How to Navigate Social Gatherings when Quitting Sugar!

We all know how this story goes; You decide in the heat of the moment to make a change in your life, take on a new healthy lifestyle and you are feeling strong and committed. Then out of the blue comes an invite to a friends birthday party and BBQ. Everything that you are trying to avoid will be there, and it is going to be hard to avoid!

Baby Shower Buffet

So how do we navigate these social interactions while truly trying to change our lives?

How to navigate social gatherings when you are quitting sugar is tough; from people’s opinions on sugar, health and diet there will also be foods that are on your banned list and foods that you may not even know would have sugar!

So how do you deal with this – what do I say to people I am quitting sugar?

How about if you said “Oh no thanks, I am on a diet” and then be rebutted with “but it was made with low fat X, Y or Z”.

You could even try the honest route and tell your host “I am quitting Sugar! It looks delicious but I will have try something else” and to be faced their shocked expression and then a barrage of questions such as “why on earth would you do that?” or worse still “but I made this cake especially for you?”

Quitting sugar and sticking to your goals is sometimes very hard for people to understand, but you need to be aware that they may not understand the damage of sugar and how much you really want to change your life.

Many people deal with these new lifestyle changes by simply avoiding the potential awkward situations by turning down invitations while they are in their first few weeks of quitting sugar. Try emailing the person who sent the invite and let them know that it sounds like a wonderful gathering but you are making big changes in your life and the food may be a temptation and you want to make sure you achieve your goals.

If you are unable to avoid these social functions, a tip could be to explain about your lifestyle change to the host and offer to make a plate or two of sugar free desserts that you are happy to eat and provide for others. You know the host will make wonderful foods but you want to make sure you make the right choices.

Make sure the closest people around you know that you are making this change in your life and that you are committed. Let them know you want them to support your choices and your new ideas, even if they may not understand. You are going to make hard choices about what food you can eat, which may also affect the kind of food you cook.

Let everyone know so they can be there for you and most importantly, can help you if you make a mistake. Don’t let people make you feel bad if you slip up or just want a break, but own the choices you make in front of people and remember that every day will be a new day and you can continue on even if you slip up!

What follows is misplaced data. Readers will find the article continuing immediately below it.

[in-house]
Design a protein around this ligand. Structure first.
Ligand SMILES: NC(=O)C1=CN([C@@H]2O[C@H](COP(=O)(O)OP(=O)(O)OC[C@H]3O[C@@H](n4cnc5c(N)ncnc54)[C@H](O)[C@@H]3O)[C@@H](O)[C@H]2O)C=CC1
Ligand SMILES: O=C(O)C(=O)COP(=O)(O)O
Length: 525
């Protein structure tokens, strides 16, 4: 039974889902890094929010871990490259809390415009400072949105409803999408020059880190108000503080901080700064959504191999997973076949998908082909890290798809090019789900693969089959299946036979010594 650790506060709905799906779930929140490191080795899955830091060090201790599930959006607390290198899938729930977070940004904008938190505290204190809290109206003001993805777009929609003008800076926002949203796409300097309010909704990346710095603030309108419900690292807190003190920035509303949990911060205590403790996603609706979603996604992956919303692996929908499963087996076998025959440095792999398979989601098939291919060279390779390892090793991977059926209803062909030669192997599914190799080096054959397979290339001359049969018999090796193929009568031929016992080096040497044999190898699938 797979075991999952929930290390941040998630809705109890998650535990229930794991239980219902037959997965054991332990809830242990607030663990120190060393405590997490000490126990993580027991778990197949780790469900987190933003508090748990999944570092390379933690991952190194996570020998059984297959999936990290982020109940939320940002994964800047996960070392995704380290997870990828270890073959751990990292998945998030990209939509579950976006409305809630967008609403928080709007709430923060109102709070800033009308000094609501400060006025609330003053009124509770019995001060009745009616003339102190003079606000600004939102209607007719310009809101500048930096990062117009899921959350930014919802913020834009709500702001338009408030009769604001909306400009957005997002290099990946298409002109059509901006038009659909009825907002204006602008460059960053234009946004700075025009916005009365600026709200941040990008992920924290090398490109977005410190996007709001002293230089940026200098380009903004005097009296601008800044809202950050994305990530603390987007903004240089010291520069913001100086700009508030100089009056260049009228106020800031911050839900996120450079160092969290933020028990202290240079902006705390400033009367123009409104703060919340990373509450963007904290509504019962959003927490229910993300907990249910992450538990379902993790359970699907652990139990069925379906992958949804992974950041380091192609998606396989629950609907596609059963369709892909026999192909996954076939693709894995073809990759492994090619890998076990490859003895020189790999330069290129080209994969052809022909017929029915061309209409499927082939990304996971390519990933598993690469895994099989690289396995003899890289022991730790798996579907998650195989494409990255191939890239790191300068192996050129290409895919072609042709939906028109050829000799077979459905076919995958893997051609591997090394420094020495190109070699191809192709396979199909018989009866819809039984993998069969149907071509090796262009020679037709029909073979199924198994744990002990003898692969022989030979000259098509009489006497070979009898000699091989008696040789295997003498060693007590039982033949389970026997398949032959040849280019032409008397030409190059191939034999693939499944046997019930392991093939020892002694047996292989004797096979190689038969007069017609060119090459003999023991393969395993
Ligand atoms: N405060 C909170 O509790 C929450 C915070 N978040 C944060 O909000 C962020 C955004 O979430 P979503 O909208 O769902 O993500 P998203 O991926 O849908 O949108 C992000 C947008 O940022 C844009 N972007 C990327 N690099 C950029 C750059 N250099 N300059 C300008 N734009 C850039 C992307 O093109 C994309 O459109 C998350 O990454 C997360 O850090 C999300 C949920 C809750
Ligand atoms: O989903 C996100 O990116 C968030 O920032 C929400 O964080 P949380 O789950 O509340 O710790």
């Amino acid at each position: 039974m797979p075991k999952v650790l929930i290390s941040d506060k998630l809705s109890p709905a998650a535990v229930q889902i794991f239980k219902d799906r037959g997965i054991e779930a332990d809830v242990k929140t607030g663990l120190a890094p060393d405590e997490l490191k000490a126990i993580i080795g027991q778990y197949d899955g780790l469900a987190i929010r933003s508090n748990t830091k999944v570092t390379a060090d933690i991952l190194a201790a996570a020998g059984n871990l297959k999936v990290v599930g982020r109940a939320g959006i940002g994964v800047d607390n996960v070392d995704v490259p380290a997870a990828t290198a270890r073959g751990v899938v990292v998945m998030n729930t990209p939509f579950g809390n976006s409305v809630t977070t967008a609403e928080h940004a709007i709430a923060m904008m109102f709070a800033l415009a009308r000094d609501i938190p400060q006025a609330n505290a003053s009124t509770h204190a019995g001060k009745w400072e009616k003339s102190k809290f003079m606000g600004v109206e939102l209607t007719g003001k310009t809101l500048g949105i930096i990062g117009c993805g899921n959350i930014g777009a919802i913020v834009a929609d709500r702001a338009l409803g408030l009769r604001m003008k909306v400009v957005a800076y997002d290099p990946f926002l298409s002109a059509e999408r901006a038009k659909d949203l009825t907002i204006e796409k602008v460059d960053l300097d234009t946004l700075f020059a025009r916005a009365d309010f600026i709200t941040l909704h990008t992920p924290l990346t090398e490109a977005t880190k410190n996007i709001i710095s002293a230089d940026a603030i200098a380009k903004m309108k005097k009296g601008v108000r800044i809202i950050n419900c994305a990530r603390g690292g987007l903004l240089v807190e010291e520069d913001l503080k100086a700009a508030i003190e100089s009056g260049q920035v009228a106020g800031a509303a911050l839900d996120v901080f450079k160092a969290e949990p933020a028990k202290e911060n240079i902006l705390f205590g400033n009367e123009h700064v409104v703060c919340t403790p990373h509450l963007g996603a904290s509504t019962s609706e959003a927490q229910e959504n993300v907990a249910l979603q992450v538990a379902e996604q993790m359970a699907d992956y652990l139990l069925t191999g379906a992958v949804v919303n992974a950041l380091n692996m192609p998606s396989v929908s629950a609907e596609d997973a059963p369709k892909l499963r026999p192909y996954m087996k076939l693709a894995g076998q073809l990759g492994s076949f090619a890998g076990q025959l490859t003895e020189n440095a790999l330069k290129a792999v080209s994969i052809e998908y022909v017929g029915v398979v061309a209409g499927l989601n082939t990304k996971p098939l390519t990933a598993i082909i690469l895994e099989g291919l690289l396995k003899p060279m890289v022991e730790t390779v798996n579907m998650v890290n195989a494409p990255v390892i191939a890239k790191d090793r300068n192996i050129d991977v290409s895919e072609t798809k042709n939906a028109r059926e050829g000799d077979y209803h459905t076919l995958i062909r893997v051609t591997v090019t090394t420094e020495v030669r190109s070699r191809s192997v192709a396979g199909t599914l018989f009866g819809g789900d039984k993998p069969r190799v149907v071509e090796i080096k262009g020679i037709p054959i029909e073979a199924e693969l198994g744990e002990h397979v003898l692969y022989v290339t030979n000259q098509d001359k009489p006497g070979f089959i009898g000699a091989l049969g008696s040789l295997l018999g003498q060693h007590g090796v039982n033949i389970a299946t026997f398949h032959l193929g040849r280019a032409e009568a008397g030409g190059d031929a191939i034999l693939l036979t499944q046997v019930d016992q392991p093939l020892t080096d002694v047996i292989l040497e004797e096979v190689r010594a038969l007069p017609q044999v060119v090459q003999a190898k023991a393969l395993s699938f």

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  1. Thanks for posting this! I’m 15 and just decided yesterday to kick my sugar addiction (for about the twentieth time, I might add!). One of the reasons that I’ve failed so many times in my quest to quit sugar is just like what you said: I’d get a birthday invite, or go out with some friends, etc. I would find myself weakening “just this once” because it was a “special occasion”. I will definitely try your advice of telling people about my goals, because that will kind of solidify them for myself.

    • Great news on trying to quit again. It is hard and especially at your age where it feels like there is so much pressure amongst friends. Keep focussed and let your friends know whayou are trying to achieve and why. Explain the benefits if reducing sugar and why you can see the positive effects.
      It won’t be overnight but controlling the food you and drink is a huge step forward.

      Good luck and I am here if you need help along the way.

  2. Hi… I’ve tried other times to quit sugar. I find a lot of success at parties and functions by saying that “My doctor told me to avoid sugar.” People have more respect for that than saying I am quitting sugar. It works well.

  3. Leonie Dover says:

    I am also 15 and I am going to quit sugar on Monday after an easter egg binge. I have gained a hell lot of weight from sugar and I have anxiety and I am very moody and aggressive and anxious because of sugar and I get cravings for more,